Imagine this—you are seated at an upscale restaurant with one of your best clients and then handed a wine list thicker than a college textbook. You want to pick out the “perfect” wine to impress your client but everything looks like it is written in a foreign language. After only a few minutes the server asks if you have made your selection, so you decide to order the most familiar thing on the menu. You are not sure your selection will coordinate with your meals, and it costs more than your boss will tolerate for a client dinner. By the time the bottle arrives, you have broken out in a cold sweat and are ready to take a big gulp! The good news is that understanding the three main ways wine lists are organized is the first step to preventing this from ever happening to you.
There are three primary types of wine lists – those organized by the grape varietal, by geography (or where it is made), and by flavor profile (progressive). Keep in mind that some lists blend several of these methods. Let’s explore each of these three types of wine lists:
By Grape Varietal. Organized by the main grape variety used to produce the wine, this type of list definitely appeals to our varietally conscious culture. It may be further organized by country or state. Thinking of the grape varietal first and the origin second is an American trend. Many European countries are now trying to focus more on the grape varieties despite regulations that ban the top rated wine from listing them on the label. Sections for the popular varietals, e.g., Chardonnay, Sauvignon Blanc, Pinot Noir, Cabernet Sauvignon, are usually listed, as well as an “other varietals” category for white and red. These lesser known varietal sections can often be more interesting, and is where many bargains can be found!
By Geography. This wine list is organized by countries of origin and often has the more specific subcategories, like the regions or state, which is the traditional type of wine list. If you love French wines, this type of list makes it easy. Flip to the French section and then look at what regions or wines are offered. The grape varietal used may (or may not) be listed next to the wines in this type of list. This is not an issue for most wine from the US since the wine is usually labeled by grape varietal, e.g., Chardonnay or Pinot Noir. The European wine industry, however, tends to focus on the region where it is produced and assumes we know what grapes are grown. Even though the principal grapes of Burgundy are Chardonnay and Pinot Noir, they won’t appear on the bottle of Burgundy’s finest wines.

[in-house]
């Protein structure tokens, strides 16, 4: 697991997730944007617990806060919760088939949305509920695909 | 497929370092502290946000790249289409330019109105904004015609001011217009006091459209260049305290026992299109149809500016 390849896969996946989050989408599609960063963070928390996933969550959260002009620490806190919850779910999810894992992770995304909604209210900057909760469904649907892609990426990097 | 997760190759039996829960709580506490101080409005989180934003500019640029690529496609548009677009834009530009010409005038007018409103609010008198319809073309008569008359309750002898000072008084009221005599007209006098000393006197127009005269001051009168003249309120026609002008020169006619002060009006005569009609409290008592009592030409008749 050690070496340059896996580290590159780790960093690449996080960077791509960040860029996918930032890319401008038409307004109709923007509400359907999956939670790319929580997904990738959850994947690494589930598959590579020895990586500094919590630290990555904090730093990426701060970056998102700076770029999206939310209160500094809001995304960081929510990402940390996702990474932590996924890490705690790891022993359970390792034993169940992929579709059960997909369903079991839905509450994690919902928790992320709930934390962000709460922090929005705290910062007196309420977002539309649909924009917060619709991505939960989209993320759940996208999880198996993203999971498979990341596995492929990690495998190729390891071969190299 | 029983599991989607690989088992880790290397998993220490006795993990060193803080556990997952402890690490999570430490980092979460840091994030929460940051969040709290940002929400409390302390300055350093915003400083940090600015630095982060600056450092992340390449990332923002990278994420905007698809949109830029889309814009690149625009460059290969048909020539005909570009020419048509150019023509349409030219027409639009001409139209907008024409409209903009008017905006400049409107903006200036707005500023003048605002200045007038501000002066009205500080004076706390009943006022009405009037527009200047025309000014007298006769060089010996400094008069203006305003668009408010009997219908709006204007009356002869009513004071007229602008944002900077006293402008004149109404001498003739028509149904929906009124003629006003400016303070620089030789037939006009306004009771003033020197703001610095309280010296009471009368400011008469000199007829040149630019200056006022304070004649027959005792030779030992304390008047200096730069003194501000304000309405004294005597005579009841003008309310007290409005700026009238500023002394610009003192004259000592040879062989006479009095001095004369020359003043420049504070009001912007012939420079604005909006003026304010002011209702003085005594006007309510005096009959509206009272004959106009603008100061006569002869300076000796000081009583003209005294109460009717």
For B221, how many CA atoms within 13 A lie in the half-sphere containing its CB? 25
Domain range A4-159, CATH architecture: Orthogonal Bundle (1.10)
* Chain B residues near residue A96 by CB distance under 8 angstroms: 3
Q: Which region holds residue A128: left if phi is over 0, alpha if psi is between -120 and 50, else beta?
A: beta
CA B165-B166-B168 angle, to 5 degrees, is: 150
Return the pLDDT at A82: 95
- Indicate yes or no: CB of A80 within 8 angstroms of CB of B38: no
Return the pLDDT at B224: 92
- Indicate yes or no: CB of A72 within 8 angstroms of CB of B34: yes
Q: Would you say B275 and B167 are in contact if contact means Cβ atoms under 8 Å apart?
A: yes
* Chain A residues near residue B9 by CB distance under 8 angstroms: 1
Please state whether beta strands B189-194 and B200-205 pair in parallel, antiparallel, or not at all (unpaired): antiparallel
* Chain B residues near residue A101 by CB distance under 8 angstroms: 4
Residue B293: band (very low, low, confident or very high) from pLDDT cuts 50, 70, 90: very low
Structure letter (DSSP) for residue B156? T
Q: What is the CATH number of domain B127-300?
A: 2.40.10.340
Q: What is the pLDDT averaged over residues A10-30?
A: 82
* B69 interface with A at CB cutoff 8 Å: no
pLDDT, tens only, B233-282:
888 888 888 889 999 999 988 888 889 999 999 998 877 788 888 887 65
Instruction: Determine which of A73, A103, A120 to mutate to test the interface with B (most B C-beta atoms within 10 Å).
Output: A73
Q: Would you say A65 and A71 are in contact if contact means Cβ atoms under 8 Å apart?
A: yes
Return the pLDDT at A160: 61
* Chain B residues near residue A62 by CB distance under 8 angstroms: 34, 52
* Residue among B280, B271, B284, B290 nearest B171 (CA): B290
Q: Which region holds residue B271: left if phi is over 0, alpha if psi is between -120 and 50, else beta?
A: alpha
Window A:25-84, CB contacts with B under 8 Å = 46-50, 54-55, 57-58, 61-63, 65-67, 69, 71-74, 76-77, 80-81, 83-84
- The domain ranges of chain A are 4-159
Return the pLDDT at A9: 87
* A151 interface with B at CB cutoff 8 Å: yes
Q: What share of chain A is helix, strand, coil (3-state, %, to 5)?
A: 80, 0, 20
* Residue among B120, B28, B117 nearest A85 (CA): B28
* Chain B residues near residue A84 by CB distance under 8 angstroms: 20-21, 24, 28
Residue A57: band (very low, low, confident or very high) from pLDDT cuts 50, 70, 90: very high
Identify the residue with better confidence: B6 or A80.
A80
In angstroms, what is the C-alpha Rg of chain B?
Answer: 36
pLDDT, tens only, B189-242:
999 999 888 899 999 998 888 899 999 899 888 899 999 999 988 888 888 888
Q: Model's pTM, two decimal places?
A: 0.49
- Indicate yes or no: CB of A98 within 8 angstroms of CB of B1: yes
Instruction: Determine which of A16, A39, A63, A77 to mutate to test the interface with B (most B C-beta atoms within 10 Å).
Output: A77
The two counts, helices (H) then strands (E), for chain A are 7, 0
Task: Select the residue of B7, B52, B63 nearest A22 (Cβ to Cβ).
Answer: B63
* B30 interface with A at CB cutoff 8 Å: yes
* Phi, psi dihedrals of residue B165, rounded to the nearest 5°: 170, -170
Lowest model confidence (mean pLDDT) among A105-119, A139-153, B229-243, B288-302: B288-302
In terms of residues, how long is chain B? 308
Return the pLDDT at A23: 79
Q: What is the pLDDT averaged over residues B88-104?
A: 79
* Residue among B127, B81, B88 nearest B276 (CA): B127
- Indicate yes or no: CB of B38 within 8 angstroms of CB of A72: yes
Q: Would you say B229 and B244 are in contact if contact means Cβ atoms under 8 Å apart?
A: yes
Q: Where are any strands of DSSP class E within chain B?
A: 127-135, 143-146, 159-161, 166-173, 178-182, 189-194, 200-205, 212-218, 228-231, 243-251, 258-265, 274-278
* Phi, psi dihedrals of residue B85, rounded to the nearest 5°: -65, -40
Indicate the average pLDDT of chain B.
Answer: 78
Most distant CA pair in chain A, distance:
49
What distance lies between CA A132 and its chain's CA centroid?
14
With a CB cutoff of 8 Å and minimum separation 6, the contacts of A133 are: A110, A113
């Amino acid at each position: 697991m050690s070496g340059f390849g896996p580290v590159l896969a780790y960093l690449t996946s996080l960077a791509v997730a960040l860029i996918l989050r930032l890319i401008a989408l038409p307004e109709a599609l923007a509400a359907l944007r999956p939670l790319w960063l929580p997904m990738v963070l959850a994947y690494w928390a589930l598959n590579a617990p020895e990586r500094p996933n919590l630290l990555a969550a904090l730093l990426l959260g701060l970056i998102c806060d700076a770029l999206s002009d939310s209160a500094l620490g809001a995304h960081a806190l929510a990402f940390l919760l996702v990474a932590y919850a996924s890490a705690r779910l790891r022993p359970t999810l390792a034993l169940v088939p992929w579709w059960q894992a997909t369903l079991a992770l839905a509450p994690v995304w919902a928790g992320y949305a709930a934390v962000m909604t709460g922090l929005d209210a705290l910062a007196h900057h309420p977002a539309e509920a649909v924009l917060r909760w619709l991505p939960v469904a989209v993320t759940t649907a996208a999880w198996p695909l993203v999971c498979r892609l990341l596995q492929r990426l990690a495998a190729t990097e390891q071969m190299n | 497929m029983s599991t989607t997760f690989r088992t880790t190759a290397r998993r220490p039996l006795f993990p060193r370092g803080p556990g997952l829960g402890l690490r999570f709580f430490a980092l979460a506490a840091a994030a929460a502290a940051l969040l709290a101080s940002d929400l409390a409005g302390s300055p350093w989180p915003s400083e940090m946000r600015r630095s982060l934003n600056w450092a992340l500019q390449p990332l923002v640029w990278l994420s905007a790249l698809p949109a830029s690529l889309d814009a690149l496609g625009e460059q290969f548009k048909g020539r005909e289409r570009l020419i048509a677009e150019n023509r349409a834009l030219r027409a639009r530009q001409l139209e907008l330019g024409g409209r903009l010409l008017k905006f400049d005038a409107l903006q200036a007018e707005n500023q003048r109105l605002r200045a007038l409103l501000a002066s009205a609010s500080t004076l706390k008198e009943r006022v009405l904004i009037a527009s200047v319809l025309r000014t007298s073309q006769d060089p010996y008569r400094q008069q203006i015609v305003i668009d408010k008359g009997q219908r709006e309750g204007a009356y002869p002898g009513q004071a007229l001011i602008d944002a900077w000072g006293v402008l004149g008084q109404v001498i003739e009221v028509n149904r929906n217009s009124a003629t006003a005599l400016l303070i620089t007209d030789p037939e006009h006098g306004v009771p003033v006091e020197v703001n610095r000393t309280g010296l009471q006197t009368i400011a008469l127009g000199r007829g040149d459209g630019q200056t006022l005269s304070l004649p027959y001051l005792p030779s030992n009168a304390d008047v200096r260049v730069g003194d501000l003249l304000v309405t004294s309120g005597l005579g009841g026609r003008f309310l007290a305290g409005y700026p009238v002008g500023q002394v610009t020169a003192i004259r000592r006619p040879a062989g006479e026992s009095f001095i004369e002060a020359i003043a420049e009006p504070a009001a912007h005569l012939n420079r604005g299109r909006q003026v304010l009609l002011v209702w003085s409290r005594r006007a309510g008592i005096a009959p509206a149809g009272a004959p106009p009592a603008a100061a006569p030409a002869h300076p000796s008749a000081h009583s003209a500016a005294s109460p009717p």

Progressive. This type of list is a relatively new approach that is organized by the flavor and body profile. A typical category might be dry-light-bodied whites, and the wines in that category may be ordered from mildest to fullest. This allows diners to look for the type of wine they enjoy and then order options in the same flavor and body category. Your favorite grapes or countries may be located in many different categories. Once you get the hang of these lists, they are tons of fun. They don’t require any special knowledge of geography or grapes—just a knowledge of what you like.
Hopefully you a have a better understanding of the three most common ways restaurants will organize their lists. The geographic and grape varietal lists will account for 80% of the lists encountered, but the progressive list may be a growing trend for the future. Hopefully the next time you take an important client (or that special someone) to dinner they will be impressed with your ability to find the right wine in no time!
©2007 Laurie Forster, The Wine Coach®
Article Source: http://www.california-wine-articles.com